This week we continue our periodic series on how detectives can help us with our genealogical research. Today’s subject comes to us from the most famous mystery writer of all time: Agatha Christie. This character has the distinction of being Christie’s personal favorite, yet at the same time is one of her lesser-known detectives. I am speaking, of course, of Mr. Harley Quin.
Harley Quin appears in only 14 books, as opposed to the 35 that feature Hercule Poirot. The character is, of course, based on the Comedia dell’Arte character of Harlequin. He is also the only fictional character to whom the prolific Agatha Christie actually dedicated a book.
Harley Quin met Mr. Satterthewaite on New Year’s Eve in The Mysterious Mr. Quin, published in 1930. They made quite a team, working together to solve mysteries. Satterthwait has “an intense and inordinate interest in other people’s lives.” Quin, on the other hand, is incredibly perceptive when it comes to people. His amazing insight leads him to always ask just the right questions. Answering these questions leads the duo to solve their mysteries, from the tribulations of lovers to murders.
Christie describes the character thus: “Mr. Quin was a figure who just entered into a story — a catalyst, no more — his mere presence affected human beings. There would be some little fact, some apparently irrelevant phrase, to point him out for what he was: a man shown in a harlequin-coloured light that fell on him through a glass window; a sudden appearance or disappearance.”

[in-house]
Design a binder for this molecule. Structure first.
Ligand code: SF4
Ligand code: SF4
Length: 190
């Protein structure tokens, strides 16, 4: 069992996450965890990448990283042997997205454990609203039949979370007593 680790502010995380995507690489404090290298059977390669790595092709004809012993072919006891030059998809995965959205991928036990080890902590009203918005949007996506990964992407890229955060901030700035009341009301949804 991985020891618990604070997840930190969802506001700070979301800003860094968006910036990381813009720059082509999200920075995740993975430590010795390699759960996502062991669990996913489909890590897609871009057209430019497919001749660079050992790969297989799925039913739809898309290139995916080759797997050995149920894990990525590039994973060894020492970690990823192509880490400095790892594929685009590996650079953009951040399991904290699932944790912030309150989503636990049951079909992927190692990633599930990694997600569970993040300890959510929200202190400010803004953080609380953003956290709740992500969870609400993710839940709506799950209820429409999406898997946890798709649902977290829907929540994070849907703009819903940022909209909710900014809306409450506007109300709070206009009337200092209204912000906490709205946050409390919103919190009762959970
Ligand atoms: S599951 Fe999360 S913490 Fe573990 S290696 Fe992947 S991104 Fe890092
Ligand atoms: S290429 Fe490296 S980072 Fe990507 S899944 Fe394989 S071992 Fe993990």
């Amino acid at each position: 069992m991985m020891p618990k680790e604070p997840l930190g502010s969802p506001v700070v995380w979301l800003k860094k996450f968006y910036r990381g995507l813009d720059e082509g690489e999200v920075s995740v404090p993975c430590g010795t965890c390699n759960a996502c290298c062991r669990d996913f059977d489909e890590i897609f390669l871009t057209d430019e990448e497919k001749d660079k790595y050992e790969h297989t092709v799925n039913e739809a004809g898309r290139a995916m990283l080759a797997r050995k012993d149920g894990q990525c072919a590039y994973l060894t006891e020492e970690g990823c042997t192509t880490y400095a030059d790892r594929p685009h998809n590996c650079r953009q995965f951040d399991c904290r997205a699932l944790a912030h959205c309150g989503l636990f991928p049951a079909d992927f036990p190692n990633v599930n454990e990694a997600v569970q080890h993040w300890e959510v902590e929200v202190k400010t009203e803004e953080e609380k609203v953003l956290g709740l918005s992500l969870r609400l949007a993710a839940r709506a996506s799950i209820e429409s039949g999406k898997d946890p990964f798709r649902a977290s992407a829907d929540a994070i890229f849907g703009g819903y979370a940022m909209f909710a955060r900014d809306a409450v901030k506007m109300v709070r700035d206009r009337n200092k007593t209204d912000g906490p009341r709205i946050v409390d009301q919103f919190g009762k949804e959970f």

As genealogists, we can learn from both Satterthwaite and Harley Quin. The Satterthwaite part of our personalities is exhibited through our “intense and inordinate interest in other people’s lives;” more specifically, the lives of our ancestors. But it is only through asking the questions, prodding and poking like Harley Quin, that we get the answers that lead us to solve our mysteries. Asking the right questions can make the different between solving the mystery or not.
Also like Quin, we should enter the story as a catalyst, not inserting ourselves or allowing our biases to interfere with the story to be told. We may not always like everything our families did, but it is not ours to obfuscate about or judge their actions. It is our responsibility to tell the story as it happened.
Harley Quin once said that “You believe in a life after death, do you not?” What better way to describe genealogy than bringing life to those who have come before us?